Free
Poster Session
Issue Date: August 2016
Published Online: August 01, 2016
Updated: January 01, 2021
A Model for Understanding the Acceptance and Use of Mobile Phone Technology by Older Adults to Facilitate Independence
Author Affiliations
  • University of Indianapolis
  • Student, Carmel, IN
  • University of Indianapolis
  • University of Indianapolis
  • University of Indianapolis
  • University of Indianapolis
  • Grand Valley State University
Article Information
Geriatrics/Productive Aging / Basic Research
Poster Session   |   August 01, 2016
A Model for Understanding the Acceptance and Use of Mobile Phone Technology by Older Adults to Facilitate Independence
American Journal of Occupational Therapy, August 2016, Vol. 70, 7011505157. https://doi.org/10.5014/ajot.2016.70S1-PO5085
American Journal of Occupational Therapy, August 2016, Vol. 70, 7011505157. https://doi.org/10.5014/ajot.2016.70S1-PO5085
Abstract

Date Presented 4/8/2016

A conceptual framework is presented to explain the use of mobile phone technology by older adults. As key players in the pursuit for active aging, occupational therapy practitioners must understand the factors that contribute to the acceptance and use of technologies that are relied on to support daily occupations.

Primary Author and Speaker: Beth Ann Walker

Additional Authors and Speakers: Shelby Zornes, Kelly France, Katy Kessler, Sydney Nields, Troy Thompson, Brenda Ausberger

PURPOSE: The purpose of this study was to use a grounded theory design to explore older adults’ acceptance and use of mobile phones and their perception of how this technology contributes to their sense of independence.
BACKGROUND: It is evident mobile phones have become integrated into our lifestyles and have come to play such a significant role in completing our daily routines it is hard to imagine not having this piece of technology available. For older adults, mobile phone technology could be viewed as a significant tool to support functional independence in many areas. Therefore, a substantial effort must be made to understand the attitudes and beliefs of older adults contemplating the adoption and use of smartphone technology.
DESIGN: This study used a grounded theory design to explore data collected from a focus group.
PARTICIPANTS: Five older adults ages 65–72 yr who owned a mobile phone participated in this study.
METHOD: A focus group was used to collect data to be analyzed for this study.
ANALYSIS: Coding was completed following an inductive thematic approach. The transcription was read by all investigators, initially coded independently and reviewed collaboratively to develop a coding framework and establish interrater reliability. Using a constant comparative approach, initial codes were reduced to substantive themes.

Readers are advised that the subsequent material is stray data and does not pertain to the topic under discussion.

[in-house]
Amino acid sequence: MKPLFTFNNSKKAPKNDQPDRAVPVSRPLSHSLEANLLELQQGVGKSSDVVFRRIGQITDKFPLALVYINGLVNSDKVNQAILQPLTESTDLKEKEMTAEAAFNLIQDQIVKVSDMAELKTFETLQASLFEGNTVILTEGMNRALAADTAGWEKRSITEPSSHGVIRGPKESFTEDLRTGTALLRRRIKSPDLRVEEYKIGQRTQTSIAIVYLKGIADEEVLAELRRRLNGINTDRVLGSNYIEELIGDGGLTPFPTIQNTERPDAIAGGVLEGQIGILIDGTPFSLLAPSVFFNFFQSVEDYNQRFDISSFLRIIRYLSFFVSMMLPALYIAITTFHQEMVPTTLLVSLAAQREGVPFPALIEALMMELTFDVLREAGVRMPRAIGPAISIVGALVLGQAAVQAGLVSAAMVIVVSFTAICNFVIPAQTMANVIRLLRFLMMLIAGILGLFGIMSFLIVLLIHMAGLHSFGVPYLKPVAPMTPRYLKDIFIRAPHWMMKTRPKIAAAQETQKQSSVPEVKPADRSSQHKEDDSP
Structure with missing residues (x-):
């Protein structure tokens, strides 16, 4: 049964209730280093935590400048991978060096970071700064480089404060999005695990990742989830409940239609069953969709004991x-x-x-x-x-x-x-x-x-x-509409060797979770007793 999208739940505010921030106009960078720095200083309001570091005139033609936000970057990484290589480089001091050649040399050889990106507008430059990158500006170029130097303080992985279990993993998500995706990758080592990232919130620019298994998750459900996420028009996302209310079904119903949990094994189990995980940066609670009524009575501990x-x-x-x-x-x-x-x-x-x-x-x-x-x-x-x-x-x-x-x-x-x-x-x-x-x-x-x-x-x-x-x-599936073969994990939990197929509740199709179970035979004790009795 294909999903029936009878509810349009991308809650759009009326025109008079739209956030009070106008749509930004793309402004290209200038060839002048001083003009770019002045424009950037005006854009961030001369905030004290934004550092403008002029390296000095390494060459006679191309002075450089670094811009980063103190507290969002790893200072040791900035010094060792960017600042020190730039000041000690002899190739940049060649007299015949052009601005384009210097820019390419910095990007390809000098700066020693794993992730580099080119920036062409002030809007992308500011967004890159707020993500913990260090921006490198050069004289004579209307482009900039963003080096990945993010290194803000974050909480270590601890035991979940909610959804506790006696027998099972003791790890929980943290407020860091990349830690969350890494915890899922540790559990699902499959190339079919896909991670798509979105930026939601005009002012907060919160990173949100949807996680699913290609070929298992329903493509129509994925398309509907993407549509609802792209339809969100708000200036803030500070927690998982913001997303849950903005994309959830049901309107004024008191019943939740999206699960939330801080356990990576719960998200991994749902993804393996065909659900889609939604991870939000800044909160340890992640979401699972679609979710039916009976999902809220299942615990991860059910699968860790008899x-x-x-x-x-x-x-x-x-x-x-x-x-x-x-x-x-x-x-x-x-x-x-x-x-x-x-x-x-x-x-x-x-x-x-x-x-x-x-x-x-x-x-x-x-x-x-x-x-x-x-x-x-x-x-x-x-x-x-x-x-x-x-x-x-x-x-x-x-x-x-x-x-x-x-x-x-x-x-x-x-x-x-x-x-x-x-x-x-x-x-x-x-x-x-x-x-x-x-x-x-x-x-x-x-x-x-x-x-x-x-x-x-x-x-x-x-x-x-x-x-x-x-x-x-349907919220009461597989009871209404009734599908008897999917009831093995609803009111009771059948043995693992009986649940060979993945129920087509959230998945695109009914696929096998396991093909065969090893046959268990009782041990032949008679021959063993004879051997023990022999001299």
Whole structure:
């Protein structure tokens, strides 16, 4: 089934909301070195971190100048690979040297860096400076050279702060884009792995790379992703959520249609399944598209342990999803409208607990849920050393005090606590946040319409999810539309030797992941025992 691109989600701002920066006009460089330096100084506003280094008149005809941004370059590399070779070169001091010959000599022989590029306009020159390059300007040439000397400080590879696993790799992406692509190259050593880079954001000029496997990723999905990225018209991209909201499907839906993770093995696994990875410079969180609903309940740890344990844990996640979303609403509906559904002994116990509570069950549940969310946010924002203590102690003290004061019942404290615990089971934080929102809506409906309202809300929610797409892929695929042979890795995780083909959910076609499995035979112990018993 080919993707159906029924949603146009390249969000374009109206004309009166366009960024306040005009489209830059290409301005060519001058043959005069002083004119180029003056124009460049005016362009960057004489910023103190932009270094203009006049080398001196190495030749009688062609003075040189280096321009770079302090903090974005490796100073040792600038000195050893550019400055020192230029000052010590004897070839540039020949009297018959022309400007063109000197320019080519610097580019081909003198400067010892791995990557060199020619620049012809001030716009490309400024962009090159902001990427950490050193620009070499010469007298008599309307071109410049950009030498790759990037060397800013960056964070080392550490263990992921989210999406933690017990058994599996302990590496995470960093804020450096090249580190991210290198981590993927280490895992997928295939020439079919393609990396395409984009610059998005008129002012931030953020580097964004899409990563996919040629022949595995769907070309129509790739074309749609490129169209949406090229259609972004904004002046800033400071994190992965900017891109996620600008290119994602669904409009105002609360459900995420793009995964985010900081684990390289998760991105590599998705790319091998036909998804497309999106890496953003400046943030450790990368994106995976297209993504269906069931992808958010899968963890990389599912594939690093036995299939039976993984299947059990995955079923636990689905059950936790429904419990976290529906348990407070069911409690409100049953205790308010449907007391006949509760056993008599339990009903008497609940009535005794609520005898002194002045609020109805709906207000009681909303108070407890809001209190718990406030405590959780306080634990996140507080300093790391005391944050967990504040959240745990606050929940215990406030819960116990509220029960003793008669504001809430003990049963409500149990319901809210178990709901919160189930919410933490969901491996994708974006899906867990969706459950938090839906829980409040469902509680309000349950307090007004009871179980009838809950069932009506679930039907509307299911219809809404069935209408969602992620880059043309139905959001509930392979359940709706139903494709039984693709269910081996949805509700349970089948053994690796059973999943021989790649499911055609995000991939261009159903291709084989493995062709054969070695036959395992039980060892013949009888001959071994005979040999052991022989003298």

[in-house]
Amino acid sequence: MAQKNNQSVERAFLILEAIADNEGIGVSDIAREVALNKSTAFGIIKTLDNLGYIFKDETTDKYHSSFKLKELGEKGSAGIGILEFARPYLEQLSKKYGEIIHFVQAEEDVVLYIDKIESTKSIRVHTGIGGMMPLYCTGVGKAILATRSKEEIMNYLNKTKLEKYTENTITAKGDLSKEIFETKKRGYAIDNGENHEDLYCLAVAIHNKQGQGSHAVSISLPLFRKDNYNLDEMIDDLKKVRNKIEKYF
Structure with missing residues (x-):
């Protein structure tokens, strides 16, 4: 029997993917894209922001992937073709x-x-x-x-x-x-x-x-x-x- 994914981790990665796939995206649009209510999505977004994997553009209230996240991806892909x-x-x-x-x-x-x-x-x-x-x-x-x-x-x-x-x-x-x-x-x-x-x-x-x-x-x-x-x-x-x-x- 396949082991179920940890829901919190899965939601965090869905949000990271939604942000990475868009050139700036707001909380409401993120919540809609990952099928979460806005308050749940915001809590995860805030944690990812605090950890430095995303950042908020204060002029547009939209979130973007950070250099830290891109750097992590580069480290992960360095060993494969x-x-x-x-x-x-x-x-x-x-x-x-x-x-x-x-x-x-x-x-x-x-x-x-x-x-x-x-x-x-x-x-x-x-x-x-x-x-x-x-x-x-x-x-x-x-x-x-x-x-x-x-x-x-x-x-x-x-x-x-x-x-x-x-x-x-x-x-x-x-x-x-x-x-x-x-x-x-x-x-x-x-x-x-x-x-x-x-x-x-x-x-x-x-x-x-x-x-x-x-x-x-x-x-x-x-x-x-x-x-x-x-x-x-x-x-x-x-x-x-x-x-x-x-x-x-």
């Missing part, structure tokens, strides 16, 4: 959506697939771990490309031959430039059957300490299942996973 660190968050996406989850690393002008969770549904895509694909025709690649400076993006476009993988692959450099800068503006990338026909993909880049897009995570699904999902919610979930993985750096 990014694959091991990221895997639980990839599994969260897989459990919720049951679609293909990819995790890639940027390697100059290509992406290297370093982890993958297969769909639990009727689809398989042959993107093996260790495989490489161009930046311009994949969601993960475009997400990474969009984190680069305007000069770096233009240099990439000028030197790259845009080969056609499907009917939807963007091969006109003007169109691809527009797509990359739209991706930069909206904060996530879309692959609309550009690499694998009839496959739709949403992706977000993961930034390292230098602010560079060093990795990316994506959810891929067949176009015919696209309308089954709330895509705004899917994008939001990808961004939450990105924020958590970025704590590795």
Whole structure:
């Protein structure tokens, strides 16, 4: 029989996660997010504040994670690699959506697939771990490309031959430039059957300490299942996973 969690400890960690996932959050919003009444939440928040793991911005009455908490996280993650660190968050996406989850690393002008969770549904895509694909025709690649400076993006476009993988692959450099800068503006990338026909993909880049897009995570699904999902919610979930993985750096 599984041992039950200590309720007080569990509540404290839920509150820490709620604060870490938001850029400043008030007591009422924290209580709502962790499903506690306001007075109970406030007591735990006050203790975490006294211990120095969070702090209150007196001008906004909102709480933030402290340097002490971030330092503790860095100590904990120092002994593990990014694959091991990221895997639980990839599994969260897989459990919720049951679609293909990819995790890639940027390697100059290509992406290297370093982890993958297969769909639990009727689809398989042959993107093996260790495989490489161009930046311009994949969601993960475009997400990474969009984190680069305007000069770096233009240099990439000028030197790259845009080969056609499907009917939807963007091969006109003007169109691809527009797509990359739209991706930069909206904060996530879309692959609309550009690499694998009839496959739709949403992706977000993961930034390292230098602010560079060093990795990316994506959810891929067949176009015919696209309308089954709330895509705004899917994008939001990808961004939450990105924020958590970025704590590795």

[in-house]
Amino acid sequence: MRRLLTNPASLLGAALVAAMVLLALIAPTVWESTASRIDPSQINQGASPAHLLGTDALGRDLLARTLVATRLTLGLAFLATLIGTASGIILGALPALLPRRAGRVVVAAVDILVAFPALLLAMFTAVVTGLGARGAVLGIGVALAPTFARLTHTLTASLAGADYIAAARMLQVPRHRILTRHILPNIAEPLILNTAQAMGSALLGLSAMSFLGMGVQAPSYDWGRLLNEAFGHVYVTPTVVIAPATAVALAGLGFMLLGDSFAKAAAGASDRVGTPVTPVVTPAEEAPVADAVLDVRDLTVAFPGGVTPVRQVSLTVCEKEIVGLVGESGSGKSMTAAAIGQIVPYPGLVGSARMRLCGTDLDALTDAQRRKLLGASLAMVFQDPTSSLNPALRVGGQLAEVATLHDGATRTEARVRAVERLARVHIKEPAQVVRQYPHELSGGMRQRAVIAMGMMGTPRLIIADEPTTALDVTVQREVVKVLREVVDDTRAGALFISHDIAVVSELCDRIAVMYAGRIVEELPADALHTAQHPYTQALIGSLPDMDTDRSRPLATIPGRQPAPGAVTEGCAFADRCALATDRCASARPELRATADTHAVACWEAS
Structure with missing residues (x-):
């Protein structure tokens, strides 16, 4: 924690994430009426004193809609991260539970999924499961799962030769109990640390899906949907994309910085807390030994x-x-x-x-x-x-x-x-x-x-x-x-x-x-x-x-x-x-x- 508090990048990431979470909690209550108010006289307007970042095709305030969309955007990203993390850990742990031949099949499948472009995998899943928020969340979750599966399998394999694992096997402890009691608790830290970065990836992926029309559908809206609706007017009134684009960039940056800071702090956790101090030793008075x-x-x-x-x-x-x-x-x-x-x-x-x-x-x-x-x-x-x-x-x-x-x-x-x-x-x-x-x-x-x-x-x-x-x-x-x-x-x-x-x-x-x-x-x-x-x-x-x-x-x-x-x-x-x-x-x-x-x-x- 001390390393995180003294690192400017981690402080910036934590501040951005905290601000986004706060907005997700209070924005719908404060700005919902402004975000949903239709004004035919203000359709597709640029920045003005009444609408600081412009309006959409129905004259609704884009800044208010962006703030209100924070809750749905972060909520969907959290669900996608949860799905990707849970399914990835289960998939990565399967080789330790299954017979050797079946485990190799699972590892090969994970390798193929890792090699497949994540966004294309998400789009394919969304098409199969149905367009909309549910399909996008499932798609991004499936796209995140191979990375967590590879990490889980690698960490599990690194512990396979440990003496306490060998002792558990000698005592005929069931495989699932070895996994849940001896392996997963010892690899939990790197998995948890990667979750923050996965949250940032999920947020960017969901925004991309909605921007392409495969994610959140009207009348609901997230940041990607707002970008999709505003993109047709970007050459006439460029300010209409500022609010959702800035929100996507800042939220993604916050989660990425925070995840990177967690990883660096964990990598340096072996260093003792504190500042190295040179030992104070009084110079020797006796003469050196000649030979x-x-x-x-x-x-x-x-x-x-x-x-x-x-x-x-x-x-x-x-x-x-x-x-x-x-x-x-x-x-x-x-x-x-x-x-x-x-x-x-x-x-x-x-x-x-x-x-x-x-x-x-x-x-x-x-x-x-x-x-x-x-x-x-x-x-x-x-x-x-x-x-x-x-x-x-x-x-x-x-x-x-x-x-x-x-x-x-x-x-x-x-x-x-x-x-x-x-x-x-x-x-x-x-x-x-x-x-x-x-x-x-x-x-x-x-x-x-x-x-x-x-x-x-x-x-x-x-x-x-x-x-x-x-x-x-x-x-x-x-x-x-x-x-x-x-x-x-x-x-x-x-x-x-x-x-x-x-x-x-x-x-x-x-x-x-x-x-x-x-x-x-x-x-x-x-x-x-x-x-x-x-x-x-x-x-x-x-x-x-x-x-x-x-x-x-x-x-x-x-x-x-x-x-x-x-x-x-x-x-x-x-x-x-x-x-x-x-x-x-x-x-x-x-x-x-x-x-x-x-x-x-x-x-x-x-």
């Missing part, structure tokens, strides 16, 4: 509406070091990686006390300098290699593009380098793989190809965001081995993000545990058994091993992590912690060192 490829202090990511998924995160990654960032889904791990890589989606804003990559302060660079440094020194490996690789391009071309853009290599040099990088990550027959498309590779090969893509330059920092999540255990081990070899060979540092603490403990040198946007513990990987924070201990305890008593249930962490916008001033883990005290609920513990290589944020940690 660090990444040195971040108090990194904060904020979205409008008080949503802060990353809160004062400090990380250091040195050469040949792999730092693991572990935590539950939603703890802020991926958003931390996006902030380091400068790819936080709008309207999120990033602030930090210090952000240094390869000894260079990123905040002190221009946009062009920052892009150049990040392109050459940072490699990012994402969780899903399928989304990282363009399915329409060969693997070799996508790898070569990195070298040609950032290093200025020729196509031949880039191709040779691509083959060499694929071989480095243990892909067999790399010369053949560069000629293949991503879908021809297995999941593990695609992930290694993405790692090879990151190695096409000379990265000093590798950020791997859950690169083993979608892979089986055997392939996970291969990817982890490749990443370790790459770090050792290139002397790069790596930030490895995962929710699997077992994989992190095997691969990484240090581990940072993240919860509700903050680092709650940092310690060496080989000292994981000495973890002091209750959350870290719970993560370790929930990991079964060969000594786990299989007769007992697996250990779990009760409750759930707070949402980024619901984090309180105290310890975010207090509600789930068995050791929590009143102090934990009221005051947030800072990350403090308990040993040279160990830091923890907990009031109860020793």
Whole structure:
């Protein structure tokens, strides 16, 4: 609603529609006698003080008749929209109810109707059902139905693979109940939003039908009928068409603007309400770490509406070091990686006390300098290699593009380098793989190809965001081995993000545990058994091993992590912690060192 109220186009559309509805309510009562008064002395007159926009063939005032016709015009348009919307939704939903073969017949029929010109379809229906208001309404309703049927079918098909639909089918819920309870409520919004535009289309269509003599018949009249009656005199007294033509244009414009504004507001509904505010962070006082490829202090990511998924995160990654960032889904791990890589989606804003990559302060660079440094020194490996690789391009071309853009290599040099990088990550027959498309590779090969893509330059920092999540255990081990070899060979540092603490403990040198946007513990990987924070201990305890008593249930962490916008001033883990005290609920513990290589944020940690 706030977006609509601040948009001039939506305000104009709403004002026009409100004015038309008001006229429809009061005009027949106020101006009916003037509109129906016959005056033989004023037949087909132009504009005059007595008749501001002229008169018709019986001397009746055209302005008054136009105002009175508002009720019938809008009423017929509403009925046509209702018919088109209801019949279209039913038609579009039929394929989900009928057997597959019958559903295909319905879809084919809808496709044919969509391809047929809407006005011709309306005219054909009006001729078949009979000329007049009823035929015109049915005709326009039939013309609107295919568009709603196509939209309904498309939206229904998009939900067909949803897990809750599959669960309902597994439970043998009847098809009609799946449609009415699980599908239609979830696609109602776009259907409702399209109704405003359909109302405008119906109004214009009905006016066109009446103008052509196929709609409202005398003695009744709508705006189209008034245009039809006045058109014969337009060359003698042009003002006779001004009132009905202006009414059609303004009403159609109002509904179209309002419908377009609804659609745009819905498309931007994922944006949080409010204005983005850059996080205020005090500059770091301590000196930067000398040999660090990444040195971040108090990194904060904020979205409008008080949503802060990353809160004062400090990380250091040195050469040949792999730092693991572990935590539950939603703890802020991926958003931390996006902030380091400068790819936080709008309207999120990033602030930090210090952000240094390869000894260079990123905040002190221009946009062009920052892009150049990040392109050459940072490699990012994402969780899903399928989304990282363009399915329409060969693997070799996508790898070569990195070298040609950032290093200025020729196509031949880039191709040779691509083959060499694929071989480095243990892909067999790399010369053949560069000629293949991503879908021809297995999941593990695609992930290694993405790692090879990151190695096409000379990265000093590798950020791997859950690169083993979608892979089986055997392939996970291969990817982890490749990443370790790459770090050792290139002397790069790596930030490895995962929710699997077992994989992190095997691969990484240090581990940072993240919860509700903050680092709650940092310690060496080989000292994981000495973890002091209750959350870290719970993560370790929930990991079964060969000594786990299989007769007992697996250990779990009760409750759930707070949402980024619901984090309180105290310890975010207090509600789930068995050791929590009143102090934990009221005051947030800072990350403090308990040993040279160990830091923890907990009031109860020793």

In the final analysis, theoretical themes emerged to summarize the data. Validity was ensured by identifying personal biases, using a code–recode procedure, negative case sampling, investigator triangulation, and discussing findings as a group. Once findings were established, peer review and member checking were completed to ensure verification of findings.
RESULTS: Factors that contribute to an individual’s ability to use mobile phone technology include the device itself, effort expectancy, sell efficacy, available resources, and experience. Factors that contribute to actual use of mobile phone technology include ability, social influence, perceived need, and attitude.
DISCUSSION: The model presented follows a three-step flow starting with the primary components of ability followed by internal factors of the user and ending with usage of the technology in question. It is believed that this model can be used when attempting to discover reasons for a lack of or abundance of use for technologies. Given the abundance of benefits that technology could provide for this population, it is imperative that we find a way to address deficits to optimize use.
IMPACT STATEMENT: This model can be used to inform technological design and application to maximize the fit between smartphone technology and the older adult user who will inevitably rely on it to support functional outcomes.
Because occupational therapists are key players in the pursuit of active aging, it is essential that practitioners understand the factors that contribute to older adults’ acceptance and use of technologies that are becoming more and more relied on to support many occupational outcomes.